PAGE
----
Now we’re getting a little more interesting. This menu lays down some options for those who prefer to edit via the score staff instead of using tablature. Keep in mind that these settings only affect the score staff (the upper set of lines with standard musical notation on them). If you only edit via the tablature staff, you can pretty ignore these settings, because they will not make any difference in your work flow.

(If your score staff is not visible, scroll down on this page and see the “Layout” menu.)

Selection Mode

Clicking on the first icon with the wrench on it will put you in Selection Mode. With this mode selected, you can click your mouse anywhere in the score staff, and it will simply move your playback cursor to that location, without making any changes to the score itself. Good for quickly moving around in your score without worrying about accidently altering notes.

Score Edition Mode

Clicking on the middle icon with the pencil on it will put you into Score Edition Mode. With this mode selected, you can enter notes into the score staff simply by clicking where you want the note to go. You can insert notes into lines or spaces, and they will take on the duration you currently have selected in the note duration toolbar (detailed below). One note: this option alone will only insert natural-pitched notes (i.e. no flats or sharps). If you want to insert sharps/flats or change pre-existing notes to sharps/flats, you will need to enter Sharp/Flat Mode.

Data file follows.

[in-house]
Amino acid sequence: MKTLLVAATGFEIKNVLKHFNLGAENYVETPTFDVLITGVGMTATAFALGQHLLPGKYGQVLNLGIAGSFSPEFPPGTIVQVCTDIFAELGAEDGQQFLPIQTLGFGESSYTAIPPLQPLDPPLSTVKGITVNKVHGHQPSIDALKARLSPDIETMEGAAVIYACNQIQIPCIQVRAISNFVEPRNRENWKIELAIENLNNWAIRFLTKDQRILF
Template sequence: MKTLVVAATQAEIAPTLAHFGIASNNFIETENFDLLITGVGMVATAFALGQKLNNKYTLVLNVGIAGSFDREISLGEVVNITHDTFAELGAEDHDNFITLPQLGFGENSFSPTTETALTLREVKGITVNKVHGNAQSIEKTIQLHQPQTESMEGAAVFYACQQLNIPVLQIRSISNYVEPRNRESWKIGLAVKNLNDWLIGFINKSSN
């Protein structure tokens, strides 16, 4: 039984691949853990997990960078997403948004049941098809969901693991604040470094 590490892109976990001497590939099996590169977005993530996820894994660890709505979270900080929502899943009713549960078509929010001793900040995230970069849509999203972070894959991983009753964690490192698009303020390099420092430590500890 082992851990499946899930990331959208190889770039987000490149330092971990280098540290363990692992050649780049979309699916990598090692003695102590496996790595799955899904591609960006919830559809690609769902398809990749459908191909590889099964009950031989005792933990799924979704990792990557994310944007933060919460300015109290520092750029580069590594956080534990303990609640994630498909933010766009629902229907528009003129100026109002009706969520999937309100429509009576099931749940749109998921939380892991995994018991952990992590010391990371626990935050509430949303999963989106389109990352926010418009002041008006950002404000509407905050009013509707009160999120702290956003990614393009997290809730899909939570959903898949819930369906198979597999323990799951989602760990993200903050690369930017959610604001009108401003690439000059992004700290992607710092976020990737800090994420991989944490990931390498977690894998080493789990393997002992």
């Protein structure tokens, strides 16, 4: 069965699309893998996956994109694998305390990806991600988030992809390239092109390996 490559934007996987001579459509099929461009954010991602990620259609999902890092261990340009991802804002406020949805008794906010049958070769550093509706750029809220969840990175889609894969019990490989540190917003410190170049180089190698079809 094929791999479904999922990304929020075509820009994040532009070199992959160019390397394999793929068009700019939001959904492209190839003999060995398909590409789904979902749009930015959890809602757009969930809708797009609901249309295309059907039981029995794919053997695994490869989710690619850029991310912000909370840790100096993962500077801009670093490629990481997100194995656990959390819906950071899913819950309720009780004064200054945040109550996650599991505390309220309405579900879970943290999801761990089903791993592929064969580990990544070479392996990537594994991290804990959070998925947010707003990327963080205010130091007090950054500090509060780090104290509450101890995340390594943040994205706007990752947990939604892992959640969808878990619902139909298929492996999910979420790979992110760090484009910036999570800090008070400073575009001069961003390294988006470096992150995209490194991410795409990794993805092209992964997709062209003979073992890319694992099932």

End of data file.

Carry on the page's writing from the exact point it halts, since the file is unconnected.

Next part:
Sharp/Flat Mode

Clicking on the icon with the sharp/flat symbol on it will take you into Sharp/Flat Mode. As stated above, Sharp/Flat Mode is simply a sub-option of Score Edition Mode. You have to use Sharp/Flat Mode if you want to enter sharp or flat notes or change pre-existing notes to sharp or flat.

(These options and more can be accessed via the “Edit” pulldown menu at the top of the screen.)

Song Properties

While the Properties toolbar only really has one icon, it is of particular importance if you plan on printing or exporting your tabs at any point. Clicking on this icon will bring up your song properties tab, wherein you can set the following options:

  • Name (of song)
  • Artist (performer)
  • Author (copyright owner)
  • Album

The reason these settings are of such importance is that whatever you type in the Name and Author boxes will show up on the first page of your tabs when you print or export them, and if you leave them blank, you will simply get a big, fat “Untitled” by “Anonymous” instead. So make sure you set them if you plan viewing these tabs outside of TuxGuitar! The difference can be seen below.